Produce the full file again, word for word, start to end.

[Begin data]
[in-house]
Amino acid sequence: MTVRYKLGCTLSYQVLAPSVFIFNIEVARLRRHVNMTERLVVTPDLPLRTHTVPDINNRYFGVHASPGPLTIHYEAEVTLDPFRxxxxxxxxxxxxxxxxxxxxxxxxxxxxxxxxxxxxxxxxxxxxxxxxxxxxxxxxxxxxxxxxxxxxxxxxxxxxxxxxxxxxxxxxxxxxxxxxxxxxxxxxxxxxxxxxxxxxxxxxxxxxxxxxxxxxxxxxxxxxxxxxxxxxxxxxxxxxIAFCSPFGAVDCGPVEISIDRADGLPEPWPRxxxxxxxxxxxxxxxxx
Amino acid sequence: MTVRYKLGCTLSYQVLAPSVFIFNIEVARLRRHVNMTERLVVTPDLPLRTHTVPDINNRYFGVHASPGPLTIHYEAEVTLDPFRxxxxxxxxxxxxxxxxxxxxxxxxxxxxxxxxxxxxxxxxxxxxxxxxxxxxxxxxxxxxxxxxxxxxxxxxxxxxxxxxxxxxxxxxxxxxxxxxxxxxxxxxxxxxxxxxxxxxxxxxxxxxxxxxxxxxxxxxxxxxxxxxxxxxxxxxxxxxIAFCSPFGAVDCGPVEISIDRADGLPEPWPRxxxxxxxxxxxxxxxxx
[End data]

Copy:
[in-house]
Amino acid sequence: MTVRYKLGCTLSYQVLAPSVFIFNIEVARLRRHVNMTERLVVTPDLPLRTHTVPDINNRYFGVHASPGPLTIHYEAEVTLDPFRxxxxxxxxxxxxxxxxxxxxxxxxxxxxxxxxxxxxxxxxxxxxxxxxxxxxxxxxxxxxxxxxxxxxxxxxxxxxxxxxxxxxxxxxxxxxxxxxxxxxxxxxxxxxxxxxxxxxxxxxxxxxxxxxxxxxxxxxxxxxxxxxxxxxxxxxxxxxIAFCSPFGAVDCGPVEISIDRADGLPEPWPRxxxxxxxxxxxxxxxxx
Amino acid sequence: MTVRYKLGCTLSYQVLAPSVFIFNIEVARLRRHVNMTERLVVTPDLPLRTHTVPDINNRYFGVHASPGPLTIHYEAEVTLDPFRxxxxxxxxxxxxxxxxxxxxxxxxxxxxxxxxxxxxxxxxxxxxxxxxxxxxxxxxxxxxxxxxxxxxxxxxxxxxxxxxxxxxxxxxxxxxxxxxxxxxxxxxxxxxxxxxxxxxxxxxxxxxxxxxxxxxxxxxxxxxxxxxxxxxxxxxxxxxIAFCSPFGAVDCGPVEISIDRADGLPEPWPRxxxxxxxxxxxxxxxxx